{41} Facts relevant to the totality of the circumstances may include the following: whether the defendant was arrested for and charged with a crime unrelated to the stop; the officer’s compliance or non-compliance with standard police practices; whether the officer was in an unmarked car or was not in uniform; whether patrolling or enforcement of the traffic code were among the officer’s typical employment duties; whether the officer had information, which did not rise to the level of reasonable suspicion or probable cause, relating to another offense; the manner of the stop, including how long the officer trailed the defendant before performing the stop, how long after the alleged suspicion arose or violation was committed the stop was made, how many officers were present for the stop; the conduct, demeanor, and statements of the officer during the stop; the relevant characteristics of the defendant; whether the objective reason articulated for the stop was necessary for the protection of traffic safety; and the officer’s testimony as to the reason for the stop. See Heath, 929 A.2d at 403; Shakow, supra, at 640; Leary & Williams, supra, at 1038-39. This is not an exhaustive list of pretext indicators, but some guiding factors relevant to the inquiry.

{42} Where there is a factual finding of pretext, that the officer had a constitutionally invalid purpose for the stop which is not exempt from the warrant requirement, the stop violates the New Mexico Constitution, and the evidentiary fruits of the stop are inadmissible.

Application of the Pretext Standard

{43} Because sufficient facts were developed and findings were made, we apply the pretext standard here. The officers’ objective justification for the stop was a seatbelt violation. The district court ruled that Agent Edmondson’s radio call indicating that he saw Defendant was not wearing a seatbelt was reliable information upon which to conduct the stop. Undisputedly, a seat-belt violation constitutes sufficient objective justification for the stop. Defendant argued that the stop for an alleged seatbelt violation was a pretext, however, for Agent Edmondson to investigate his unsupported intuition that Defendant was involved in drug activity.

{44} The facts developed in support of Defendant’s claim of pretext were as follows. Officer Edmondson was investigating the residence for drug activity and the presence of Defendant’s vehicle at the residence. See Ochoa, 2008-NMSC-023, ¶2, 143 N.M. 749, 182 P.3d 130. Agent Edmondson does not issue traffic citations as a part of his duties as a narcotics investigator with the Pecos Valley Drug Task Force. Agent Edmondson testified that he wanted to identify and question Defendant. Id. ¶¶ 2-3. The agent radioed a uniformed patrol officer “to see if Officer Martinez would pull [Defendant] over.” Id. ¶ 3. On the sole basis of the radio call, Officer Martinez followed Defendant for approximately thirteen blocks and stopped him. Id. ¶ 4. Because the windows on Defendant’s vehicle were tinted, Officer Martinez could not determine whether or not Defendant was wearing a seatbelt. Id. Nevertheless, because of Agent Edmondson’s report, *46Officer Martinez pulled over Defendant. Id. After Officer Martinez arrested Defendant because he immediately recognized Defendant as having warrants for his arrest, Agent Edmondson approached Defendant and began questioning him about drug activity at the residence. Id. ¶ 5.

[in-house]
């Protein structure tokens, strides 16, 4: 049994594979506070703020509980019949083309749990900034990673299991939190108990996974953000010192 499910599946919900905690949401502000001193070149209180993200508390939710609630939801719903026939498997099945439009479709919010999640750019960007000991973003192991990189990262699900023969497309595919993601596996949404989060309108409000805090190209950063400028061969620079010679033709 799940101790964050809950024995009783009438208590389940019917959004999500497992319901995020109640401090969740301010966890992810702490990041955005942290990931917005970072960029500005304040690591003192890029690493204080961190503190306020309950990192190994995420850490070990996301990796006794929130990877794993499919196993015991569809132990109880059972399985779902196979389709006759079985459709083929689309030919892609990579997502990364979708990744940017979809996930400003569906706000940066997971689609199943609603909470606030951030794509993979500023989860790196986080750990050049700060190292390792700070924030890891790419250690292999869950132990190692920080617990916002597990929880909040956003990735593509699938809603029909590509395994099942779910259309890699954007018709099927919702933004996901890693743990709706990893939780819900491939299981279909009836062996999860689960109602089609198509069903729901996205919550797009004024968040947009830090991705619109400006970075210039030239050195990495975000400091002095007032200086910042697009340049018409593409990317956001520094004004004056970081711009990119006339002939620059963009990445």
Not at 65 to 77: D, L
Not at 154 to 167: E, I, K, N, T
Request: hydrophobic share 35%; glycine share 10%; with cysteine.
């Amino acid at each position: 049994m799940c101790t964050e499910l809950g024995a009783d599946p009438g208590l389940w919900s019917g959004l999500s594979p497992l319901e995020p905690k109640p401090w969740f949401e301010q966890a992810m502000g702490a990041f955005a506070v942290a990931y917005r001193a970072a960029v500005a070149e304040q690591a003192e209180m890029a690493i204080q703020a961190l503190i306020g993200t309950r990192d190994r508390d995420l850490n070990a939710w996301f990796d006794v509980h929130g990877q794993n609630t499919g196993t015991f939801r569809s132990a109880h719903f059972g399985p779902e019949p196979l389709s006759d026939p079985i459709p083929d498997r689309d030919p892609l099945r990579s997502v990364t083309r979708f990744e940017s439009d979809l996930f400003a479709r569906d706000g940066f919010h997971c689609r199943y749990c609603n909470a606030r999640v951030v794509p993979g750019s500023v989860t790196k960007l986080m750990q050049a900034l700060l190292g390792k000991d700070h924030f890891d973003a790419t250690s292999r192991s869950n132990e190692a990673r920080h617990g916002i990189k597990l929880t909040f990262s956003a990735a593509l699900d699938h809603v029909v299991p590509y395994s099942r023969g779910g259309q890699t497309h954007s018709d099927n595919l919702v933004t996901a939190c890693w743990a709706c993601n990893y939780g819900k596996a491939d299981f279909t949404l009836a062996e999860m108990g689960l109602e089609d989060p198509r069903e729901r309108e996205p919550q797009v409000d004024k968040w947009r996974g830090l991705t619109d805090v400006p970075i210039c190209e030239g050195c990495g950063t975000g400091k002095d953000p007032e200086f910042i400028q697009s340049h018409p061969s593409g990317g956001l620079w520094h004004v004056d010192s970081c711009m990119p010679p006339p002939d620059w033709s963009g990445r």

{45} The district court found that Agent Edmondson “had little, if any, interest in the seatbelt violation [and that he wanted] the vehicle stopped so that he could I.D. the driver and ask about activities at the residence.” Agent Edmondson lacked a constitutionally reasonable suspicion that Defendant was involved in drug activity to justify his motive for having Defendant stopped. See Neal, 2007-NMSC-043, ¶¶ 21-28, 142 N.M. 176, 164 P.3d 57 (holding that there was no individualized, particularized reasonable suspicion of drug activity to detain the defendant despite his cracked windshield, where the defendant was present at a residence under investigation for drug activity, the defendant spoke and was associated with the resident of the home under surveillance, became nervous speaking with police, exhibited a desire to leave, and denied police consent to search his vehicle).

{46} On these facts, Defendant established a rebuttable presumption that the stop was pretextual. The burden shifted to the State to establish that even without Agent Edmondson’s unrelated motive, Officer Martinez would have stopped Defendant. There is no dispute that Officer Martinez had no independent basis for pulling over Defendant, and that he would not have done so without the radio call from Agent Edmondson. With the Agent’s admission and the district court’s finding that Agent Edmondson was interested in investigating Defendant for drug activity, which lacked a constitutionally valid basis, and not the traffic violation, we hold that the stop was pretextual.


{47} Because pretextual stops are not constitutionally reasonable in New Mexico, we reverse the district court’s denial of Defendant’s motion to suppress.